Rohit Nagmoti
Apr 16, 2024

Streamlining Raspberry Pi Deployment: A Deep Dive into PXE Boot Sequence

5 min read

Understanding PXE Boot

What is PXE Boot?

The Preboot Execution Environment (PXE) specification describes a standardized client–server environment that boots a software assembly retrieved from a network on PXE-enabled clients.

Why PXE Boot?

  • Simplify Pi provisioning and maintenance as much as possible.
  • Automate updates/upgrades as much as possible.

Netbooting is a good path to achieve this. For example, when you netboot a Pi, it does not require an SD card to boot. The OS and file system live on a central server. Because most of the provisioning happens on a central server, we can eventually automate it via scripts.

PXE Boot Sequence

  1. Power On Raspberry Pi (PXE Client):

    • The user powers on the Raspberry Pi device configured for PXE boot.
  2. PXE Boot Initialization:

    • The Raspberry Pi initiates a PXE boot process and sends a PXE boot request (DHCPDISCOVER) to the network.
  3. DHCP Server Response:

    • A DHCP server on the network receives the PXE boot request.
    • The DHCP server assigns an IP address to the Raspberry Pi and responds with DHCP offer (DHCPOFFER) containing network configuration details.
  4. PXE Client Request to Main Router:

    • The Raspberry Pi, acting as a PXE client, sends a TFTP request for specific files (e.g., start4.elf) to the main router’s IP address.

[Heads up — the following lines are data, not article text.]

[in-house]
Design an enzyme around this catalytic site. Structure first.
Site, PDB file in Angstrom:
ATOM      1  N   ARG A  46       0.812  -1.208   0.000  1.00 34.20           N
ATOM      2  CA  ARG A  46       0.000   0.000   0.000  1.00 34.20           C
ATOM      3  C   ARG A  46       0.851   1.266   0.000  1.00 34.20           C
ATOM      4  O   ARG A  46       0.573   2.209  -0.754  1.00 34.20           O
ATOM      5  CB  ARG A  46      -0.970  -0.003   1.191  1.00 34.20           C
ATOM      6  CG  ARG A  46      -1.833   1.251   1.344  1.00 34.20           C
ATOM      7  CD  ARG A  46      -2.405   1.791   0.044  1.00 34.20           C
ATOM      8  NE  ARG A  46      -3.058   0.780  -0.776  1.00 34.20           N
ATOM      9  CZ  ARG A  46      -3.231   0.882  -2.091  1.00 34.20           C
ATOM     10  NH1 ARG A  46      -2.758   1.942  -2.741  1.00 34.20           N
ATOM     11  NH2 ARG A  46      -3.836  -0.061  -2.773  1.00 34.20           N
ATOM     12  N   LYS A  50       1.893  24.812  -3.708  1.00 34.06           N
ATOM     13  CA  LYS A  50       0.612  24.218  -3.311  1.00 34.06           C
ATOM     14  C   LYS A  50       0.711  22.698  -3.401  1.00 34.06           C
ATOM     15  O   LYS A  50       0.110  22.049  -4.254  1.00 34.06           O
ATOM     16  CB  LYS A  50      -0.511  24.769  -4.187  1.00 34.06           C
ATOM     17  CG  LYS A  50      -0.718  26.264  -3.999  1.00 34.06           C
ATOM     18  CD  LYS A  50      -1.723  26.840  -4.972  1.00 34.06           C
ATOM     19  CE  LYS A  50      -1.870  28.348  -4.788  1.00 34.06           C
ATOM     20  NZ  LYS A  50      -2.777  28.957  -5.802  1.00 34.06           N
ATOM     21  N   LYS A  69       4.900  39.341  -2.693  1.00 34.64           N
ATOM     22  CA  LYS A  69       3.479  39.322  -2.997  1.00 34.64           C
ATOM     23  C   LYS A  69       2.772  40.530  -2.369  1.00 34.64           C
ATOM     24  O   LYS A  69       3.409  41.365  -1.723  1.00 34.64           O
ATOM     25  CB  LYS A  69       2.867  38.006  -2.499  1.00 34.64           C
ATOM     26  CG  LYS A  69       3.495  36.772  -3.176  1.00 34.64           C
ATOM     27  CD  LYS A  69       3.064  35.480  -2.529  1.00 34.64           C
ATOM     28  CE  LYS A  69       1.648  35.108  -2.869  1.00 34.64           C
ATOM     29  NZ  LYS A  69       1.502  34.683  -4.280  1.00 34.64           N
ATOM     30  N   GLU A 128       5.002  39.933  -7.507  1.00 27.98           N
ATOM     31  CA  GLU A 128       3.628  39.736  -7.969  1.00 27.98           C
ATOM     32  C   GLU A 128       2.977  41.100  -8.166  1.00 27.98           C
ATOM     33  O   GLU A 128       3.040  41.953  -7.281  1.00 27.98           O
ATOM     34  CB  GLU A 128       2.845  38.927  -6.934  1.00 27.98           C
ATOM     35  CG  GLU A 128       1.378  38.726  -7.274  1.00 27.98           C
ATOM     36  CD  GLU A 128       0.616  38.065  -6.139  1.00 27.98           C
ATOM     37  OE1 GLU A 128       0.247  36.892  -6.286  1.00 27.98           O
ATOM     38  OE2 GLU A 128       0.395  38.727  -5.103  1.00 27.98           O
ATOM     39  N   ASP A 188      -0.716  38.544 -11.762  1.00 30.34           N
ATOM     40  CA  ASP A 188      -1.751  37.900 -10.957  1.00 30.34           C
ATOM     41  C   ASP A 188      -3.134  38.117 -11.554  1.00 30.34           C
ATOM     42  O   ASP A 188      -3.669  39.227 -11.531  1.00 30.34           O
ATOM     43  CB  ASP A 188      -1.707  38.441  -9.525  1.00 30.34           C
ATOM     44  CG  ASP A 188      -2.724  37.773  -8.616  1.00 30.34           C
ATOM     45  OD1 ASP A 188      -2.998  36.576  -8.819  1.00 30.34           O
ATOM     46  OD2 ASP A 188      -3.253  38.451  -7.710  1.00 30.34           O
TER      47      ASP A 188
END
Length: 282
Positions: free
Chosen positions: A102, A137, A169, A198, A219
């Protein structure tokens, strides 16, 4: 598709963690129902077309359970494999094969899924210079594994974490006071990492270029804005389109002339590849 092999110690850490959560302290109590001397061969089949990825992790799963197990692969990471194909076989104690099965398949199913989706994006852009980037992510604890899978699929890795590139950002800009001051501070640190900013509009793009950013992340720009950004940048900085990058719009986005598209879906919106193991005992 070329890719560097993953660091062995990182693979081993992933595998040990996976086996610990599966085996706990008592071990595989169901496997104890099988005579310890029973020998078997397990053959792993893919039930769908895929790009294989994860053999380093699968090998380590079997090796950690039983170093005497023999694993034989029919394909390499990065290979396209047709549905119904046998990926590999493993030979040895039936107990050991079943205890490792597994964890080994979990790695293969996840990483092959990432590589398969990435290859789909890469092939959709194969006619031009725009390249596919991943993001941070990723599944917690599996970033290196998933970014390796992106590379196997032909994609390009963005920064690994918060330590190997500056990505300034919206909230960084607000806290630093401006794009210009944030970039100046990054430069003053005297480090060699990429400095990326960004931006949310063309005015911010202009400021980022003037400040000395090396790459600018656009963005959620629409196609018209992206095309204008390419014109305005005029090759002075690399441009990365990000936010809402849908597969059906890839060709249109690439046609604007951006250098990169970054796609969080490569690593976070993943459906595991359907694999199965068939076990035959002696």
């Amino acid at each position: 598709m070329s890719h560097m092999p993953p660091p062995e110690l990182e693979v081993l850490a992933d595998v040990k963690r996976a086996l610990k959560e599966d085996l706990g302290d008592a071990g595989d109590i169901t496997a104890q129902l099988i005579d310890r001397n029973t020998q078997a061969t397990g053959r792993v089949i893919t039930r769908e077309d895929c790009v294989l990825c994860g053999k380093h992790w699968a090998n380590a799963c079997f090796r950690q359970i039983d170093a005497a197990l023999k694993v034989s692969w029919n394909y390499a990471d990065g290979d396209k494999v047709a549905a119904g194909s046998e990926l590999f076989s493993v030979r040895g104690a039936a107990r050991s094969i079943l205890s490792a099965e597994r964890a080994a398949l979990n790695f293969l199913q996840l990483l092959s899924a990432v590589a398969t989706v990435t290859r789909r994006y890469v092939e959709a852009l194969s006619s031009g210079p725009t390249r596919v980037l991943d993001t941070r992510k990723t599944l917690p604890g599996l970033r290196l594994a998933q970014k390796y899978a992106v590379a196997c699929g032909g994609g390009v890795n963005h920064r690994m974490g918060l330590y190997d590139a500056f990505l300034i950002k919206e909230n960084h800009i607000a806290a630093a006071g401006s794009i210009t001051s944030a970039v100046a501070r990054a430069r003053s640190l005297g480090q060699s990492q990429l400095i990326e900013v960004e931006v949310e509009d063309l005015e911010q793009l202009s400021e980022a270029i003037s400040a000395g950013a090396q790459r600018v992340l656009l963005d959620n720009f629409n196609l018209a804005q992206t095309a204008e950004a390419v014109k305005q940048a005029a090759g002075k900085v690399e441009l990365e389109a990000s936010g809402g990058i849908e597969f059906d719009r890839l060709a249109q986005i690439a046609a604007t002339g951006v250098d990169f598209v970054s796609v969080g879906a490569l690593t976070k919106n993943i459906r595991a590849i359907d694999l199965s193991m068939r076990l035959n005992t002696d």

• The main router receives the TFTP request from the PXE client.
  5. Router Redirects TFTP Request to PXE Server:

    • The main router, configured for PXE boot services, redirects the received TFTP request to the PXE server where the TFTP server is running.
    • The router forwards the TFTP request to the PXE server’s IP address.
  6. PXE Server Response:

    • The PXE server, hosting the TFTP server, receives the redirected TFTP request from the main router.
    • The TFTP server on the PXE server responds with the requested file (e.g., start4.elf) to the PXE client (Raspberry Pi).
  7. File Transfer and Execution:

    • The Raspberry Pi (PXE client) receives the requested file (start4.elf) from the PXE server’s TFTP server.
    • The Raspberry Pi executes the received file, which may be part of the initial boot process or firmware loading for the device.
  8. Boot Process Continues:

    • Depending on the boot configuration and setup, the Raspberry Pi may continue to load additional files or components necessary for booting, such as bootloader configurations, kernel images, and initial RAM disks.
  9. NFS Mount for Root File System:

    • Once the boot process is completed, the Raspberry Pi performs an NFS mount to access the root file system, which is mounted on the PXE server.
    • This step allows the Raspberry Pi to access and use the root file system located on the PXE server over the network.

Setting Up The Infrastructure

Network Infrastructure

Required Components

To implement netbooting for Raspberry Pi devices, you’ll need the following components:

  • Raspberry Pi units acting as PXE clients connected via Ethernet to the router or switch.
  • Raspberry Pi acting as a PXE server containing boot files and user files connected via Ethernet to the router or switch.


PXE Boot Client Configuration

Configuring Boot Order

To set the boot order on your Raspberry Pi, follow these steps: